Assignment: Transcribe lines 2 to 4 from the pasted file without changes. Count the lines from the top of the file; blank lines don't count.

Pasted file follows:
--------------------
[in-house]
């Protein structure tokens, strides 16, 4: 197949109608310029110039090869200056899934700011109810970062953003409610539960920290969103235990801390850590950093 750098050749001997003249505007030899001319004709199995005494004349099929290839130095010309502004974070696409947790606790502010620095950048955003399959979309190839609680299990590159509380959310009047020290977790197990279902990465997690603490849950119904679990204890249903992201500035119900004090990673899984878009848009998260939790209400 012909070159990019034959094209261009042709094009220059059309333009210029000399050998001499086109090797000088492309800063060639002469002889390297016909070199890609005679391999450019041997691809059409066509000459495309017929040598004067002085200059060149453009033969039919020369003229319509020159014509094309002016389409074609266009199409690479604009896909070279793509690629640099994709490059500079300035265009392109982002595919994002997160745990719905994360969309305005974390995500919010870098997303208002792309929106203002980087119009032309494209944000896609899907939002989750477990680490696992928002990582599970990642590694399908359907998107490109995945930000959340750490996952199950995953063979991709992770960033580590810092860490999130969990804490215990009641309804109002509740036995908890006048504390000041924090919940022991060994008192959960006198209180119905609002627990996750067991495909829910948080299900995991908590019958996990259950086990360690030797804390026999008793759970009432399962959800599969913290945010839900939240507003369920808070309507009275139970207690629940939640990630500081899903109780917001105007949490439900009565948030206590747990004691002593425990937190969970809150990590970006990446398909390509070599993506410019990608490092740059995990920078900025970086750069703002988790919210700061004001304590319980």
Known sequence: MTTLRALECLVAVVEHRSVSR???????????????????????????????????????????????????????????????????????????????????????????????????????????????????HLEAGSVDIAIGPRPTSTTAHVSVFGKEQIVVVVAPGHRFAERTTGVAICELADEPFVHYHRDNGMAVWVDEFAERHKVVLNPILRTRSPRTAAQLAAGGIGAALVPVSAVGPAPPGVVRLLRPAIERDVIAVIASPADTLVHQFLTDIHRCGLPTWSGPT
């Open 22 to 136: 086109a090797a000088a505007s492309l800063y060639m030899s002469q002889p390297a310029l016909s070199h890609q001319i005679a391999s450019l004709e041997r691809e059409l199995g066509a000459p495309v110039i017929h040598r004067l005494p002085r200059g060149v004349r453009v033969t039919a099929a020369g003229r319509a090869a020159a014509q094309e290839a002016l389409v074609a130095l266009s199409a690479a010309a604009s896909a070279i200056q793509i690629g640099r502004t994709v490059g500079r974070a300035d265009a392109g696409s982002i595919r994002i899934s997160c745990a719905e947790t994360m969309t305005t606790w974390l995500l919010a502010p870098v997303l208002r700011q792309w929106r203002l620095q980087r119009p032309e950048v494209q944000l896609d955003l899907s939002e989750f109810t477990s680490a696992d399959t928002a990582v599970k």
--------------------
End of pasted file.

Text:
């Protein structure tokens, strides 16, 4: 197949109608310029110039090869200056899934700011109810970062953003409610539960920290969103235990801390850590950093 750098050749001997003249505007030899001319004709199995005494004349099929290839130095010309502004974070696409947790606790502010620095950048955003399959979309190839609680299990590159509380959310009047020290977790197990279902990465997690603490849950119904679990204890249903992201500035119900004090990673899984878009848009998260939790209400 012909070159990019034959094209261009042709094009220059059309333009210029000399050998001499086109090797000088492309800063060639002469002889390297016909070199890609005679391999450019041997691809059409066509000459495309017929040598004067002085200059060149453009033969039919020369003229319509020159014509094309002016389409074609266009199409690479604009896909070279793509690629640099994709490059500079300035265009392109982002595919994002997160745990719905994360969309305005974390995500919010870098997303208002792309929106203002980087119009032309494209944000896609899907939002989750477990680490696992928002990582599970990642590694399908359907998107490109995945930000959340750490996952199950995953063979991709992770960033580590810092860490999130969990804490215990009641309804109002509740036995908890006048504390000041924090919940022991060994008192959960006198209180119905609002627990996750067991495909829910948080299900995991908590019958996990259950086990360690030797804390026999008793759970009432399962959800599969913290945010839900939240507003369920808070309507009275139970207690629940939640990630500081899903109780917001105007949490439900009565948030206590747990004691002593425990937190969970809150990590970006990446398909390509070599993506410019990608490092740059995990920078900025970086750069703002988790919210700061004001304590319980």
Known sequence: MTTLRALECLVAVVEHRSVSR???????????????????????????????????????????????????????????????????????????????????????????????????????????????????HLEAGSVDIAIGPRPTSTTAHVSVFGKEQIVVVVAPGHRFAERTTGVAICELADEPFVHYHRDNGMAVWVDEFAERHKVVLNPILRTRSPRTAAQLAAGGIGAALVPVSAVGPAPPGVVRLLRPAIERDVIAVIASPADTLVHQFLTDIHRCGLPTWSGPT
């Open 22 to 136: 086109a090797a000088a505007s492309l800063y060639m030899s002469q002889p390297a310029l016909s070199h890609q001319i005679a391999s450019l004709e041997r691809e059409l199995g066509a000459p495309v110039i017929h040598r004067l005494p002085r200059g060149v004349r453009v033969t039919a099929a020369g003229r319509a090869a020159a014509q094309e290839a002016l389409v074609a130095l266009s199409a690479a010309a604009s896909a070279i200056q793509i690629g640099r502004t994709v490059g500079r974070a300035d265009a392109g696409s982002i595919r994002i899934s997160c745990a719905e947790t994360m969309t305005t606790w974390l995500l919010a502010p870098v997303l208002r700011q792309w929106r203002l620095q980087r119009p032309e950048v494209q944000l896609d955003l899907s939002e989750f109810t477990s680490a696992d399959t928002a990582v599970k």